“This minor defect is sufficient to render the cell susceptible to repeat firing,” George said. “It is a plausible mechanism for epilepsy at the cellular and molecular level.”

George is excited about the possibility of using the cellular system as a drug-screening tool. A large number of anticonvulsant drugs used for treating epilepsy target sodium channels, he said. They are, in essence, “locks on the gate.” An ideal drug would eliminate only the abnormal closing properties of the sodium channels, not their initial openings that are important to normal brain function.

“We now have a physiologic event that we can target with a drug and test in the laboratory to identify drugs that are best at suppressing the abnormal non-inactivating current while leaving the normal current alone,” George said.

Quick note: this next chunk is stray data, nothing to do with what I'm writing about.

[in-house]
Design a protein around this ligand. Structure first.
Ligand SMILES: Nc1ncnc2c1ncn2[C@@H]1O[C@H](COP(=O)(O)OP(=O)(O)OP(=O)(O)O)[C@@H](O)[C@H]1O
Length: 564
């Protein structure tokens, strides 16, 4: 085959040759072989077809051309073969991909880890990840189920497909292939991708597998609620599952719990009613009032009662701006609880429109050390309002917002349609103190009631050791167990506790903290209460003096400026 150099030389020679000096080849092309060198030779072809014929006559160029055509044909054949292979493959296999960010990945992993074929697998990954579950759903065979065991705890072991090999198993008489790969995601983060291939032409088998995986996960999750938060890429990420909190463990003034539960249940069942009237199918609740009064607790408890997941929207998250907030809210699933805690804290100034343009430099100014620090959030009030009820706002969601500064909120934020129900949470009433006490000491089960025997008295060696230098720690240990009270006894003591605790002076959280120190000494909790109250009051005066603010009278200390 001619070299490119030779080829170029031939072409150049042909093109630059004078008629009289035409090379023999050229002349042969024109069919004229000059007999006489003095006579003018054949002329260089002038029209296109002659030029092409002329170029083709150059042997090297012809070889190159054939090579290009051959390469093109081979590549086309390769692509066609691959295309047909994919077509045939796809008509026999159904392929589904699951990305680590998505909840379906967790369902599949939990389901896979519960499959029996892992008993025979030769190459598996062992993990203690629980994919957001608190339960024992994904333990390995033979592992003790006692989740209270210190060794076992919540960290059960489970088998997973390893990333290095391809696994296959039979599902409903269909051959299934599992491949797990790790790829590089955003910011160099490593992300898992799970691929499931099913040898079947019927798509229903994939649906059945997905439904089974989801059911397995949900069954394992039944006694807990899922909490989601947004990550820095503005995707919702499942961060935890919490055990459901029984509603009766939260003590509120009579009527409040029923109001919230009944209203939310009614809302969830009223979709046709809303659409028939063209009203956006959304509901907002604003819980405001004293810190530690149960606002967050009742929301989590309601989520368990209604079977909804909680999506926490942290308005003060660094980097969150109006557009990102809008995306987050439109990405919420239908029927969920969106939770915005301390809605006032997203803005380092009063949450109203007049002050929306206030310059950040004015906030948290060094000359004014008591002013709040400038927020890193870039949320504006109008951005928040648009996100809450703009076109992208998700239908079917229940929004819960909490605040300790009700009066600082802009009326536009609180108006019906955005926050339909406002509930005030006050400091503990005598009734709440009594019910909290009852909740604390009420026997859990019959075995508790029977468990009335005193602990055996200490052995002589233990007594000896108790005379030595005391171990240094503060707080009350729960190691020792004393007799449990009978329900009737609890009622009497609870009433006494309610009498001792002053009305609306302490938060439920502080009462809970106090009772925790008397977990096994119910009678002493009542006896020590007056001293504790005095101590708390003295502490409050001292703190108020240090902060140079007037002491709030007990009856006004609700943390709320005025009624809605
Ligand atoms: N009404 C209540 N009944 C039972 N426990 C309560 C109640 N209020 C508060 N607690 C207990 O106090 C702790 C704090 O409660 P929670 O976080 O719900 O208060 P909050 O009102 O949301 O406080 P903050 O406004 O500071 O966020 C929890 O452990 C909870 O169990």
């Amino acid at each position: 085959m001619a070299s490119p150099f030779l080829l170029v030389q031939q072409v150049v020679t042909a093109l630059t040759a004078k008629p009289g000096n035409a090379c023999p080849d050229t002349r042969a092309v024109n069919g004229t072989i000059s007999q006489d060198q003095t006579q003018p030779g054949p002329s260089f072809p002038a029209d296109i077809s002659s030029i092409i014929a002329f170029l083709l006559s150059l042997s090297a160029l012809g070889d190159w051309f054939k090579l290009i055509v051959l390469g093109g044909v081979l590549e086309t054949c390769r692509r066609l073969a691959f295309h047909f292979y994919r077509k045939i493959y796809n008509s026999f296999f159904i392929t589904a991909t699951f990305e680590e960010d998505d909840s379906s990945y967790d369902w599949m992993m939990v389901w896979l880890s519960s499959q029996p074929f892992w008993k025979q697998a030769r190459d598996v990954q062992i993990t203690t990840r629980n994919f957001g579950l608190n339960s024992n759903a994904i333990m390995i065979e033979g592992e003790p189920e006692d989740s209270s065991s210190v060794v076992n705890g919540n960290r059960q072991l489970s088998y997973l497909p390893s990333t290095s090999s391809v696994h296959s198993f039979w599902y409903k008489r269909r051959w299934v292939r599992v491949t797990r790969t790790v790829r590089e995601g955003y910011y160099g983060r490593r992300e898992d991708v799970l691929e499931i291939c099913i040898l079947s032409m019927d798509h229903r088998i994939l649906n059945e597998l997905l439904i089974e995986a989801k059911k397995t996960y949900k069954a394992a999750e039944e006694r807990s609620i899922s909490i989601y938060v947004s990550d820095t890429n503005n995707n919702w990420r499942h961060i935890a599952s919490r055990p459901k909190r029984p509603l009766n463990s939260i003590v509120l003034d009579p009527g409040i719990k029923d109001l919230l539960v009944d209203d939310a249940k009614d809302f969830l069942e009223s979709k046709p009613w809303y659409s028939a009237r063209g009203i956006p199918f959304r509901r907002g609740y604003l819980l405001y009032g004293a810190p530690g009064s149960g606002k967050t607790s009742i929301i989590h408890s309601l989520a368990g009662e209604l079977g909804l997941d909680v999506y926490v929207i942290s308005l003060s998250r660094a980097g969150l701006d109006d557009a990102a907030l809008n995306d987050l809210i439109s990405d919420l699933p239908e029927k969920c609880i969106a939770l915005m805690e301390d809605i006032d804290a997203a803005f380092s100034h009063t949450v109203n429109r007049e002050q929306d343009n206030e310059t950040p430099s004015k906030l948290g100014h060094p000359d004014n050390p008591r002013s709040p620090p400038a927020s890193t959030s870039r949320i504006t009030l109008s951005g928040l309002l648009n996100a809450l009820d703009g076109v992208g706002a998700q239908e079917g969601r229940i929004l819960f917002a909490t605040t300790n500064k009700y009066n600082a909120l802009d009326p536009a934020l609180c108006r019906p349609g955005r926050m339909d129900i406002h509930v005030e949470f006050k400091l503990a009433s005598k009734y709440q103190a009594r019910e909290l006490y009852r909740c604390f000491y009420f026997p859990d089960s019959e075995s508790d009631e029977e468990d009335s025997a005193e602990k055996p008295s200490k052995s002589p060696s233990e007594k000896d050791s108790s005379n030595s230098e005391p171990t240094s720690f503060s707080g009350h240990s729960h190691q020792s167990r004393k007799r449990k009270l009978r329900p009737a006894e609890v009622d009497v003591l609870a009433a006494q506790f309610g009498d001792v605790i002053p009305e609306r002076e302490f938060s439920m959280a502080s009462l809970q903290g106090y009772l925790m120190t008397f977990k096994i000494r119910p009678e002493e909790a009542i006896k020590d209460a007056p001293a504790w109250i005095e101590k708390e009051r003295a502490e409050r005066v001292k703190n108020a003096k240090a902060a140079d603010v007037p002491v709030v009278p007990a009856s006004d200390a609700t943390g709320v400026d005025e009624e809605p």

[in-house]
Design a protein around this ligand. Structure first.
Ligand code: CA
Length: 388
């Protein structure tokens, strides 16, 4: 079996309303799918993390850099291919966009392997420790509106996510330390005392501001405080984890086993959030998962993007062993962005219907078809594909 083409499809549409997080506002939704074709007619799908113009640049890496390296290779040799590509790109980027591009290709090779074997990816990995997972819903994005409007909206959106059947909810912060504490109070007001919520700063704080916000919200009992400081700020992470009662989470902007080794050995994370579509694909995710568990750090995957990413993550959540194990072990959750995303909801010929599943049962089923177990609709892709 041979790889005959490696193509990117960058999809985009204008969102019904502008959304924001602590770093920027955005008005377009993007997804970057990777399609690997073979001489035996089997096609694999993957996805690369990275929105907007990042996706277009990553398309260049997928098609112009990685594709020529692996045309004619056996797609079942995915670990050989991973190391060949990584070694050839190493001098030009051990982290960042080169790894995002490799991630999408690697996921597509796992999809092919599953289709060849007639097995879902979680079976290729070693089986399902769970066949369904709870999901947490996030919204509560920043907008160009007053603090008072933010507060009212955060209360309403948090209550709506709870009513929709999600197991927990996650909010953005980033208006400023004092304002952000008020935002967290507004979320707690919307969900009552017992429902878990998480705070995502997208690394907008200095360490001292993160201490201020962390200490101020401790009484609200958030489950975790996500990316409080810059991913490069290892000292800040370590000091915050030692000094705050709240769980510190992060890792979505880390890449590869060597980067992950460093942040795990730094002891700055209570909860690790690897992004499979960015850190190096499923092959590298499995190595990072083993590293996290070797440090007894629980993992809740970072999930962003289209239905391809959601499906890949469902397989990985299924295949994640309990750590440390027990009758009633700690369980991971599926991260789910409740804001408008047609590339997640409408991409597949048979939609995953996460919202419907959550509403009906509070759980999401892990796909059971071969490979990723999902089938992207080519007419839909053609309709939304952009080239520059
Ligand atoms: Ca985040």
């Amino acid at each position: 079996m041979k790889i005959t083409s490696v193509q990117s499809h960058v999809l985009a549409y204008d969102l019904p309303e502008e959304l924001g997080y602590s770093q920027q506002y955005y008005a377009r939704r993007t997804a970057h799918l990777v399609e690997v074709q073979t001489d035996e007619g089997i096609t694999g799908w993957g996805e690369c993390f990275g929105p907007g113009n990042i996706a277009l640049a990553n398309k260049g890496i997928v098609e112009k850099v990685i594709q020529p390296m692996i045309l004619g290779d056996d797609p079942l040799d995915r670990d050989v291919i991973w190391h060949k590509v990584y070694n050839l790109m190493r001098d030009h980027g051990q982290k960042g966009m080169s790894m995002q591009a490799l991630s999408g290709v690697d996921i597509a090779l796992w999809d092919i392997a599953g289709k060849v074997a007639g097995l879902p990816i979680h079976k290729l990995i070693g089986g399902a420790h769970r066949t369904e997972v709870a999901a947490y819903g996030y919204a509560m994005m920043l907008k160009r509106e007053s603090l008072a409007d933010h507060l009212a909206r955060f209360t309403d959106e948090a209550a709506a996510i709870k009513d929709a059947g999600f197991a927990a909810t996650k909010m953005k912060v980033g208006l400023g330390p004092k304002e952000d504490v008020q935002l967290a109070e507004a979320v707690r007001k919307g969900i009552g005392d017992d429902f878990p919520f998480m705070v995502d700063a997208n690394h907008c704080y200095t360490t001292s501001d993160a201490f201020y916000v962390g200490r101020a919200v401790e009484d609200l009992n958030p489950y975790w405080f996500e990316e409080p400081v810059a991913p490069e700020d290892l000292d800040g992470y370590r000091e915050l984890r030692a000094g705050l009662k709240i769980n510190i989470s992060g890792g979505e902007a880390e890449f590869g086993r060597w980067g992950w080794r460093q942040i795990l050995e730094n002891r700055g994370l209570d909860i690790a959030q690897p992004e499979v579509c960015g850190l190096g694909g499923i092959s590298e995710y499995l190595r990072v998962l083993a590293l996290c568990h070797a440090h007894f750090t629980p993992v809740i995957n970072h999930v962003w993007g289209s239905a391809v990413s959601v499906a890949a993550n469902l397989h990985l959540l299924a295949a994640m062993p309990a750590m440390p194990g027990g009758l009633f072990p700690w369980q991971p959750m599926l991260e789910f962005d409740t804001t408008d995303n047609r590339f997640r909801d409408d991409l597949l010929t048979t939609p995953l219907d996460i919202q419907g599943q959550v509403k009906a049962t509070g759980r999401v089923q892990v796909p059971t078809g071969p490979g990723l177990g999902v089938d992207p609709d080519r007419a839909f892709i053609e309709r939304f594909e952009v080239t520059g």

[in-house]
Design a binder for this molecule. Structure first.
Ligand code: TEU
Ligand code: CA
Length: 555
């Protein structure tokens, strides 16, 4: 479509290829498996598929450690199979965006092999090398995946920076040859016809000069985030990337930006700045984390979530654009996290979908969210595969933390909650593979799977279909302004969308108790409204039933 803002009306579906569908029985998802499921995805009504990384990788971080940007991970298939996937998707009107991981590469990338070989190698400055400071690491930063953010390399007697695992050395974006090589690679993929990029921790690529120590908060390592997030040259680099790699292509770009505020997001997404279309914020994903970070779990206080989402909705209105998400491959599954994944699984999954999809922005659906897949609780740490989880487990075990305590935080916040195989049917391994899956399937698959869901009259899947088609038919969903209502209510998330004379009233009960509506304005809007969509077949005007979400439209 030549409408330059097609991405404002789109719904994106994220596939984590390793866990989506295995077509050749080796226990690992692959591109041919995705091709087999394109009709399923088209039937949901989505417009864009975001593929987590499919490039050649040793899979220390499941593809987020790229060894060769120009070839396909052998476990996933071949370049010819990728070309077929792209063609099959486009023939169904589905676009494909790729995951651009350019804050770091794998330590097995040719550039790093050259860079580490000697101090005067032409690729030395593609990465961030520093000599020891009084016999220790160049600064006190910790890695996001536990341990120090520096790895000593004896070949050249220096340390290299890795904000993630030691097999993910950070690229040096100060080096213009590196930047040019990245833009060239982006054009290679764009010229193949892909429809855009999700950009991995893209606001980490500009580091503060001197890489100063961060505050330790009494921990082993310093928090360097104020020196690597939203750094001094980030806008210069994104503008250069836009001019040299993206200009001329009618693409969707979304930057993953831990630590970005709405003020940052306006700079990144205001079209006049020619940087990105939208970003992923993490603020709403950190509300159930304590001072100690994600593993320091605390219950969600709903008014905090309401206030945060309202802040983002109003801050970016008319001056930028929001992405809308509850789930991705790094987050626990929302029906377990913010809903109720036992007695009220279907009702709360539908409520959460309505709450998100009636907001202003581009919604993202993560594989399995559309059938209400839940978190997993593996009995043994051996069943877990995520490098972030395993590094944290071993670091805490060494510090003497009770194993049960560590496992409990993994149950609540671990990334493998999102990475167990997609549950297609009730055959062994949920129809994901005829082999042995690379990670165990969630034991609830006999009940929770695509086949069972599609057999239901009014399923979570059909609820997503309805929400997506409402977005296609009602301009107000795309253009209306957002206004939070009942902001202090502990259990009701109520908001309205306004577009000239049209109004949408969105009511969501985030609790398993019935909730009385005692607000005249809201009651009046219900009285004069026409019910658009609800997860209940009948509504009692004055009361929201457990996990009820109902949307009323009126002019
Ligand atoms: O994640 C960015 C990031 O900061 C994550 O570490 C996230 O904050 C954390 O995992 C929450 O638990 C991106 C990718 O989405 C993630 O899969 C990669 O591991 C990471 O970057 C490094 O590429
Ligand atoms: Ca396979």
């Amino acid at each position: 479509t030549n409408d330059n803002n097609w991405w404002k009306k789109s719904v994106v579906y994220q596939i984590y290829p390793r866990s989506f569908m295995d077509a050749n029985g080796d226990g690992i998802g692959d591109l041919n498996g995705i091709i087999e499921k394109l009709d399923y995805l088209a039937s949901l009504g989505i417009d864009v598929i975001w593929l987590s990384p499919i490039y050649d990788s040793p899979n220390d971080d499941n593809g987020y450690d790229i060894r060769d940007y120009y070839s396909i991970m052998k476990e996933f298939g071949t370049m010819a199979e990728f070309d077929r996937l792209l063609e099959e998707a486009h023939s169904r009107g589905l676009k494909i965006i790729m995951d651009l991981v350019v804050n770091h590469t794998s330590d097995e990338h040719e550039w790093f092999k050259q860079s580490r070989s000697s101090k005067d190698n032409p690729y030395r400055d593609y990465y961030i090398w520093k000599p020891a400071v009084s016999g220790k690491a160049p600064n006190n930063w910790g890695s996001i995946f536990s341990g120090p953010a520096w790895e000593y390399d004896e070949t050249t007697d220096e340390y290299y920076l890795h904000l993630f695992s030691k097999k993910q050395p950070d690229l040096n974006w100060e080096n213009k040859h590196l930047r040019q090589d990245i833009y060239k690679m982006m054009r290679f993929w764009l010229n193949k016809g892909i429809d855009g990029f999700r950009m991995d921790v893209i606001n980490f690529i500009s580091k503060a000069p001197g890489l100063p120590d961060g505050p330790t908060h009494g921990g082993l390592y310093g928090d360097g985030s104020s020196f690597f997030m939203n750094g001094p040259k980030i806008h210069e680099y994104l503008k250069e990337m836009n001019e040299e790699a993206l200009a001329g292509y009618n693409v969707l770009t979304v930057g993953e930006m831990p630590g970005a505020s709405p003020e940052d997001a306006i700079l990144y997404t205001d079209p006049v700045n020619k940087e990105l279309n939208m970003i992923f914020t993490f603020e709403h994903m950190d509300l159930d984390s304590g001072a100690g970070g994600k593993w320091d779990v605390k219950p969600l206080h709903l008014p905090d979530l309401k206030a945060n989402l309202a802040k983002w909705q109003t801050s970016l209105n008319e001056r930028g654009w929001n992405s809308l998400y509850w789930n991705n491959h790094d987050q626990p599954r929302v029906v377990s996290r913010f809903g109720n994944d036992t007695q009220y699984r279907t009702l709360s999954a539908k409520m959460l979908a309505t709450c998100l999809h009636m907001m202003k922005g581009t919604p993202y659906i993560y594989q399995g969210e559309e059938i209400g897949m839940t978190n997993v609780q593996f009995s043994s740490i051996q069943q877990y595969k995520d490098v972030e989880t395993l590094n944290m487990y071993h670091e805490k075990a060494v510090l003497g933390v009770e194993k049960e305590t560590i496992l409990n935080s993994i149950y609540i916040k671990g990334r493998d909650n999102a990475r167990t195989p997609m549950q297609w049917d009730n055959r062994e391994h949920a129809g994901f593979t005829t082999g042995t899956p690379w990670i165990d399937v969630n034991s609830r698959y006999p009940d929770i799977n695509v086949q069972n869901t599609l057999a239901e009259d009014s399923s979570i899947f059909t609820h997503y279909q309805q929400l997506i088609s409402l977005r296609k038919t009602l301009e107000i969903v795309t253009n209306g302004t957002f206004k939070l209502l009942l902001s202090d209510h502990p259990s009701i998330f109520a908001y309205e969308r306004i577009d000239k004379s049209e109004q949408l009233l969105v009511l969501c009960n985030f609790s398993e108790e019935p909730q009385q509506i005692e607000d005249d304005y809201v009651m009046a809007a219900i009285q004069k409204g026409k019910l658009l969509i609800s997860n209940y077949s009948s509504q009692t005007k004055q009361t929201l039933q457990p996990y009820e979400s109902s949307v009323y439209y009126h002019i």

Such drugs might be important not only for treating epilepsy, but perhaps also for preventing it from developing in the first place. One theory holds that a sodium channel defect makes an individual more susceptible to having seizures, and that the seizures themselves then cause neuronal damage and create a focal point for future seizures.

“Preventing the damage could be an important issue, and perhaps someone known to have a sodium channel mutation like these should be on a prophylactic anticonvulsant — the right anticonvulsant,” George said.

Graduate student Christoph Lossin is the primary author of the Neuron paper. Other participants in the research include Dao W. Wang, Thomas H. Rhodes, and Carlos G. Vanoye. The work was supported by the National Institutes of Health and the Epilepsy Foundation.